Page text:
Monday, December 10, 2007

Citizen journalism is a dumb name

In the last couple of weeks a number of current and former colleagues - senior online editors on some of the largest news sites in Australasia - have directed me to Steve Outing's recent column titled An Important Lesson About Grassroots Media.

Their polite, but pointed reasoning is that as someone who's responsible for a network of regional news sites and who has for some time talked up the opportunities around online community publishing (it gets called UGC in some quarters), I should be aware that it's a highly risky endeavour.

All right. I am.

I actually think it has always been wrong to think of so called citizen journalists as full time reporters or replacements for journalists. That was never going to happen. The two things - user generated content and professionally generated content - need to coexist.

Steve Outing's experiment is a good illustration. Pure community reporting as a business model was always going to struggle. The real question is what part does it play in the content mix on a quality site? Is it emphasised alongside professional reporting, or is it something that forms an important part of the backdrop to a site?

My feeling is that for major news sites community contribution has to be there but professional journalism is the key driver. For regional news sites the weighting and mix may lean more towards the community contribution model.

Professional reporting and editing remain at the core though.

As for the term "citizen journalism", at worst it's misleading and at best less than useful in an Australian context. Jeff Jarvis has been talking about networked journalism as an alternative. I don't think this adequately describes what we're talking about either. But either way the debate would benefit from some clearer thinking around what it is we're talking about when we discuss the involvement of our readers in the publishing activity on our sites.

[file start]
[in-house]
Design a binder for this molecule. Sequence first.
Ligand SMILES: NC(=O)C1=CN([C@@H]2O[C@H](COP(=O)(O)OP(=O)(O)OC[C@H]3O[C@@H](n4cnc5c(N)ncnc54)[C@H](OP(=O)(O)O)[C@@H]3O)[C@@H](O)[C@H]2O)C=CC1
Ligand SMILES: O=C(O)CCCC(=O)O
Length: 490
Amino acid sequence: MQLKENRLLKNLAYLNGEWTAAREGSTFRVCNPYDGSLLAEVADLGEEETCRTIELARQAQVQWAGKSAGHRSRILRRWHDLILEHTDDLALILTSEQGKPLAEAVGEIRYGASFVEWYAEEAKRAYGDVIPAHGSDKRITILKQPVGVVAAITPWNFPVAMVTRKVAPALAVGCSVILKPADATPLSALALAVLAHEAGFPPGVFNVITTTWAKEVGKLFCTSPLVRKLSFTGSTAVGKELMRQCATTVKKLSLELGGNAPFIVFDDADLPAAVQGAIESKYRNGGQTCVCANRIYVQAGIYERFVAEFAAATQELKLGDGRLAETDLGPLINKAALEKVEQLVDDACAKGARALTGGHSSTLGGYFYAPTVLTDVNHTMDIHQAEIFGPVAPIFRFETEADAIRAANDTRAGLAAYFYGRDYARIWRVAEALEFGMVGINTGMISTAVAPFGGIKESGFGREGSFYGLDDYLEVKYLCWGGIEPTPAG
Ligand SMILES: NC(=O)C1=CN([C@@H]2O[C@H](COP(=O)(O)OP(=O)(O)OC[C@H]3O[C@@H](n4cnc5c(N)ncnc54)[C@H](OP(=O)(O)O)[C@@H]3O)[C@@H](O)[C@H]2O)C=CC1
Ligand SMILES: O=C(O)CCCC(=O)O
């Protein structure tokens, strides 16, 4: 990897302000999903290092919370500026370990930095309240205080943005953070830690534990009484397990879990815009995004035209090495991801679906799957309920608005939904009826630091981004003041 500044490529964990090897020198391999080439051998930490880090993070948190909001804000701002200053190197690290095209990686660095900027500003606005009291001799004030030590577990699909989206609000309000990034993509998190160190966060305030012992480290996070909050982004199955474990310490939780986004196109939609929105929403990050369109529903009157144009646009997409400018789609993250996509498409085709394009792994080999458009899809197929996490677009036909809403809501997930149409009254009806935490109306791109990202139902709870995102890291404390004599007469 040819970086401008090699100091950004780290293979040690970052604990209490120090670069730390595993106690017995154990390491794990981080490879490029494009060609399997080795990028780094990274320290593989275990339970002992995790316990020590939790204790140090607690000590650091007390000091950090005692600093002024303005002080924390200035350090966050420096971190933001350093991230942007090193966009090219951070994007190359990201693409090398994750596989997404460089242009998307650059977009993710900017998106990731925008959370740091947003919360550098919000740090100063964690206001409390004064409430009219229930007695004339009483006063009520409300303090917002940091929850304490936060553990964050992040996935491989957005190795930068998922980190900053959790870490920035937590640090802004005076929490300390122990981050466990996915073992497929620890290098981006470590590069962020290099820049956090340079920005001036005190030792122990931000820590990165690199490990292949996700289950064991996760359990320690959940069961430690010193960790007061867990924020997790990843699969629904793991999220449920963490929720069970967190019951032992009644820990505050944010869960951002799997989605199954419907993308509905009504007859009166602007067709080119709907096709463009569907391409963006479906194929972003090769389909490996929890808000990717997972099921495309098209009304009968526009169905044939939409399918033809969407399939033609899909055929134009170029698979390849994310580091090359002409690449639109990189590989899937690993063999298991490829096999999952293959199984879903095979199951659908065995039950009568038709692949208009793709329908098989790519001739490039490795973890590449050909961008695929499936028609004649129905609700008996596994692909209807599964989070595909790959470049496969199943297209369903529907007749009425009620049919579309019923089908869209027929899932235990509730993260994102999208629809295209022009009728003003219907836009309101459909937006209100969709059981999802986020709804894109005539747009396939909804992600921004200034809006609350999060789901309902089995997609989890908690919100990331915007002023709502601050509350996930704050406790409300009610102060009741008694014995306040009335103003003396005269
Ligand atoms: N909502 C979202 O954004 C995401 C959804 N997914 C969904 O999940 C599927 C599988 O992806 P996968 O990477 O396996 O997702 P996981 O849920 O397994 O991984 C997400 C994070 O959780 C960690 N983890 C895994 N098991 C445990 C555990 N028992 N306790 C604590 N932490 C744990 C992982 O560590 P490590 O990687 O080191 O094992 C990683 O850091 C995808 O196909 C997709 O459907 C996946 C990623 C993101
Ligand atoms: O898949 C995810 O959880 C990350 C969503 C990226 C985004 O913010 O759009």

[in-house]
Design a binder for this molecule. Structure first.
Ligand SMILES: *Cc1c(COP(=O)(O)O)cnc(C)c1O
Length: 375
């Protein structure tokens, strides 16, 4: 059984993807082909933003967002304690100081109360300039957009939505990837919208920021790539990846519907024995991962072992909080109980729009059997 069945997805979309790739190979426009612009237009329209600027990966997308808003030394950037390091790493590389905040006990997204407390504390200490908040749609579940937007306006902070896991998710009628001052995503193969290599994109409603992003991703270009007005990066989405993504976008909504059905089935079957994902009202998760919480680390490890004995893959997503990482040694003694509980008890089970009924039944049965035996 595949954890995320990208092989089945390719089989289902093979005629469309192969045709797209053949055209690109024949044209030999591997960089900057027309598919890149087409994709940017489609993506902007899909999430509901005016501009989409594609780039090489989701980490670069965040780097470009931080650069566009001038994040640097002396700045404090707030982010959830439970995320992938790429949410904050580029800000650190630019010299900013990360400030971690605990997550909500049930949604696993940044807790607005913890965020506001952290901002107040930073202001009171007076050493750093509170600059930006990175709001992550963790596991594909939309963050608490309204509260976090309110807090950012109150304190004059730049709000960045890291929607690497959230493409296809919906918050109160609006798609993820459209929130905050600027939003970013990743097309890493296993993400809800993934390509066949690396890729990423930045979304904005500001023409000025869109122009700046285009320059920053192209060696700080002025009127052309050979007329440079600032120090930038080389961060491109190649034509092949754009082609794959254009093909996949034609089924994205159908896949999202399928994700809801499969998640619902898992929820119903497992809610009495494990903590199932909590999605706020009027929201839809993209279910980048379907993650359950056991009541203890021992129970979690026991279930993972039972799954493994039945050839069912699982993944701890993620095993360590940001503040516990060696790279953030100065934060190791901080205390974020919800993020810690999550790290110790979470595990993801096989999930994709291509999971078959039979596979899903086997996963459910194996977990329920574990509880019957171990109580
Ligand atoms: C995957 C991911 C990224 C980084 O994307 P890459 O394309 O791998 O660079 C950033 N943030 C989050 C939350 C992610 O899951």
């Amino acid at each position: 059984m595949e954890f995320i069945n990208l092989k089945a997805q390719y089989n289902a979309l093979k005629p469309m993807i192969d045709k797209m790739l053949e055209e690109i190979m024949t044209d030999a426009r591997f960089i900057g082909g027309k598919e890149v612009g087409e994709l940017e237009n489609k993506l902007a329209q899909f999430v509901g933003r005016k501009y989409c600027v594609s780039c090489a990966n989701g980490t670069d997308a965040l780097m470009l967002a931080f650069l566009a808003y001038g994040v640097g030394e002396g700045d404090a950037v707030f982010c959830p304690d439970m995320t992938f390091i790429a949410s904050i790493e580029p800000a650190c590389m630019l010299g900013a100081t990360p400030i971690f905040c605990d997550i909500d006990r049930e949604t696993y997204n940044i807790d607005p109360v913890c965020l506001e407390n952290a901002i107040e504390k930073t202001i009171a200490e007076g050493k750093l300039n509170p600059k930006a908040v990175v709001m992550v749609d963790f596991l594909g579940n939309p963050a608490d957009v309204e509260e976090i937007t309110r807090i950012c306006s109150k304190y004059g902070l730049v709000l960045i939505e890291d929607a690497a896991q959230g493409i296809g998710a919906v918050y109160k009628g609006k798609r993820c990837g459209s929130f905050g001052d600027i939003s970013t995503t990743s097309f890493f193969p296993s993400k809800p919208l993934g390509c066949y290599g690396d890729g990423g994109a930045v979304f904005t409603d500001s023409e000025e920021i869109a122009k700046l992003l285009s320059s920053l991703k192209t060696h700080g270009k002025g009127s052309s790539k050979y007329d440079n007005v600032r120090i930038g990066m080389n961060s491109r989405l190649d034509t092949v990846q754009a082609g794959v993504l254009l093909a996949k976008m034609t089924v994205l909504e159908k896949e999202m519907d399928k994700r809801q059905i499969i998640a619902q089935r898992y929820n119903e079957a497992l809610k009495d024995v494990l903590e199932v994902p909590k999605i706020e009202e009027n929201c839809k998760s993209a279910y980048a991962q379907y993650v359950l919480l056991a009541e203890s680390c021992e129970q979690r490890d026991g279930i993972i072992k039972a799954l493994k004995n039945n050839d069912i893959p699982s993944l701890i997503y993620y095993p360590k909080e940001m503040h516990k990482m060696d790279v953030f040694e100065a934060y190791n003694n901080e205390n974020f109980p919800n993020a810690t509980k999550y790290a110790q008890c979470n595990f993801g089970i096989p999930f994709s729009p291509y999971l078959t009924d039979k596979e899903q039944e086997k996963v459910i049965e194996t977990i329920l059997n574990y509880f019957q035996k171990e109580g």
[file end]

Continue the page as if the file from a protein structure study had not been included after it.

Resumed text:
Friday, December 07, 2007

Les Hinton to be new CEO of Dow Jones

Reports today said Executive Chairman of News International, Les Hinton, had been appointed CEO of Dow Jones.

This afternoon staff received this note from Mr Hinton:
Sent: Fri Dec 07 15:06:38 2007
Subject: A message to all staff from Les Hinton, who has been tapped to be the new CEO of Dow Jones

To all Dow Jones staff:

Some of you will already know that I am to become chief executive officer of Dow Jones & Company next week once the acquisition by News Corporation is complete.

First, I want tell you how thrilled I am. I also want you to know that, even after a lifetime in the media, I have never faced a more exhilarating challenge.

Dow Jones has a great history and a great future as part of the News Corp. group of companies.

You will become part of what is, in many ways, a very different company to Dow Jones. However, News Corp.'s ambitions are just the same: to create and grow media properties that will thrive in the years ahead.

Under Rupert Murdoch's leadership, News Corp. has built itself through a readiness to challenge the odds and make radical, innovative decisions. Its principal resource, as with Dow Jones, is the energy and imagination of its people.

For the last 12 years, I have been executive chairman of News International in the UK. NI is the country's largest publisher of national newspapers, with more than 10 million readers each day. It has many of the same challenges and opportunities as Dow Jones, and we will gain a lot by sharing ideas and working together.

Meanwhile, there are many people for me to meet and there is much for me to learn. I look forward to working with you in the years ahead and seeing as many of you as possible in the coming weeks.

Les Hinton

Growing online ad revenue

We know the pie is growing fast - AUD$1.2 billion or thereabouts in our market this FY:

It's a good picture, from an online point of view. But some analysts are now questioning just how much of that growth is flowing to online news businesses.

In the US there's a looming debate about the gap between the phenomenal growth of online advertising and the share of that spend being collected by news organisations.

Alan Mutter makes the point that:
"Internet advertising sales at newspapers this year have grown at slower rates than those of competing media, shrinking the industry’s share of online revenues in the third quarter to the second-lowest level since 2004."
Food for thought.

What's the collective noun for editors?

... And it's not directly related to alcohol.

l to r: Current editor David Higgins, Chris Janz ( editor 2002-05), Hugh Martin ( editor 2005-06)

Wednesday, December 05, 2007

Mid-week roundup

I've been catching up on some reading this week, viz: